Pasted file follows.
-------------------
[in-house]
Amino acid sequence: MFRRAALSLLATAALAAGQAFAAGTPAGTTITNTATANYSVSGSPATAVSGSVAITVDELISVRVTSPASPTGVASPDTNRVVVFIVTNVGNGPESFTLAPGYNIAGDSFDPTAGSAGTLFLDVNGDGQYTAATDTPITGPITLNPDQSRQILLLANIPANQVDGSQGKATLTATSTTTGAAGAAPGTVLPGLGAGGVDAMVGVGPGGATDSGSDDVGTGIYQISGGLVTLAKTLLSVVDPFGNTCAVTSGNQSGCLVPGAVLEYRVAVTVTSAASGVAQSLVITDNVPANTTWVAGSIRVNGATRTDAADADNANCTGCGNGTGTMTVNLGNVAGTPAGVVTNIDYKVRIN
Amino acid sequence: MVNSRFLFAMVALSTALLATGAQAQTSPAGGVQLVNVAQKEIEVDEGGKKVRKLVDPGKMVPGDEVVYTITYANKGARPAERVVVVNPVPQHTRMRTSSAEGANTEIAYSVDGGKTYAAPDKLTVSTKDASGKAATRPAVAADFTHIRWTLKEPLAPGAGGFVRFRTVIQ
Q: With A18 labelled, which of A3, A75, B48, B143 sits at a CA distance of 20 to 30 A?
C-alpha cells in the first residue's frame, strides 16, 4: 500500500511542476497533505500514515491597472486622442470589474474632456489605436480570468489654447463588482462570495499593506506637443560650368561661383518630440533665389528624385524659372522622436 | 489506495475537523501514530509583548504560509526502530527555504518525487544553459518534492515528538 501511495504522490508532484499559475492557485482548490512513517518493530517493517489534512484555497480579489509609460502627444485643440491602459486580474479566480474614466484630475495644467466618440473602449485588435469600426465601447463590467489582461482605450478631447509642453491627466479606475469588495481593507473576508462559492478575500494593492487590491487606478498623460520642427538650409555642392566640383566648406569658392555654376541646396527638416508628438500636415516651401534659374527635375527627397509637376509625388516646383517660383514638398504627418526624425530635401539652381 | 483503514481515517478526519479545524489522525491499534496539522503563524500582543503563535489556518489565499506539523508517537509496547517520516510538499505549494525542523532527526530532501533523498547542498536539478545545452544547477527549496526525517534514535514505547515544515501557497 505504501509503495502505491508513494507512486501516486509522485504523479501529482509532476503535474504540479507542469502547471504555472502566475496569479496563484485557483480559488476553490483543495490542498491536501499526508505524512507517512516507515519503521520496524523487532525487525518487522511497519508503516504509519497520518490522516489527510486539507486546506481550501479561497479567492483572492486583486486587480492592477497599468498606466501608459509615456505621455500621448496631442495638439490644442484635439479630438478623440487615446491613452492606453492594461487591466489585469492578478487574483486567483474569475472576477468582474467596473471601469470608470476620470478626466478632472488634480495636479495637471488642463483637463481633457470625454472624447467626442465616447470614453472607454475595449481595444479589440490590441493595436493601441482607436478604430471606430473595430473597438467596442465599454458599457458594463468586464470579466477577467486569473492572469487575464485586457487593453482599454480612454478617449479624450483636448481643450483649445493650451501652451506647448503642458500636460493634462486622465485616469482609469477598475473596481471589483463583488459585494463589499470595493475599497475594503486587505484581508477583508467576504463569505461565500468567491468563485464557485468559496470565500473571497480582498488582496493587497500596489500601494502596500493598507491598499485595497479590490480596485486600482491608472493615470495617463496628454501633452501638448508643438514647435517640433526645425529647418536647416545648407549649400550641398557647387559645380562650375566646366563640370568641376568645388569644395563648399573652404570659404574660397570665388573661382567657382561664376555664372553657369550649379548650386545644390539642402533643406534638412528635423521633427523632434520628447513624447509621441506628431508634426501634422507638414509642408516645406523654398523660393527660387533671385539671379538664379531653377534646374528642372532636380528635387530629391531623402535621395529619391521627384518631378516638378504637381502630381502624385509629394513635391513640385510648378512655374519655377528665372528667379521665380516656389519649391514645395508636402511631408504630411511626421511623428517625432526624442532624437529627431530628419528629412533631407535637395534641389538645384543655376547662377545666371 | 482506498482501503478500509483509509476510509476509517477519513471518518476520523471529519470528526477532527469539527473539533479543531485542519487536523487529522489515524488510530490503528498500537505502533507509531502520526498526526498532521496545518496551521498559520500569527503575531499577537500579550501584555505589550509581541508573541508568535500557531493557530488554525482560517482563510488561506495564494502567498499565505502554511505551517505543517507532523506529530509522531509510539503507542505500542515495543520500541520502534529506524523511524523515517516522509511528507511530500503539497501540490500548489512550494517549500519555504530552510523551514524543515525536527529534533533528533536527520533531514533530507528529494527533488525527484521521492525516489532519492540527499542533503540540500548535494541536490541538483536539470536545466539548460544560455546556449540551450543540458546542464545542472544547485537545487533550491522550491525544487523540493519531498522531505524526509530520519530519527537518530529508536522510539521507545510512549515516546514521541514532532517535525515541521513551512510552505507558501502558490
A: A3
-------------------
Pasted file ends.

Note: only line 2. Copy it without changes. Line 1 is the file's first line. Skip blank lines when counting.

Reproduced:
Amino acid sequence: MFRRAALSLLATAALAAGQAFAAGTPAGTTITNTATANYSVSGSPATAVSGSVAITVDELISVRVTSPASPTGVASPDTNRVVVFIVTNVGNGPESFTLAPGYNIAGDSFDPTAGSAGTLFLDVNGDGQYTAATDTPITGPITLNPDQSRQILLLANIPANQVDGSQGKATLTATSTTTGAAGAAPGTVLPGLGAGGVDAMVGVGPGGATDSGSDDVGTGIYQISGGLVTLAKTLLSVVDPFGNTCAVTSGNQSGCLVPGAVLEYRVAVTVTSAASGVAQSLVITDNVPANTTWVAGSIRVNGATRTDAADADNANCTGCGNGTGTMTVNLGNVAGTPAGVVTNIDYKVRIN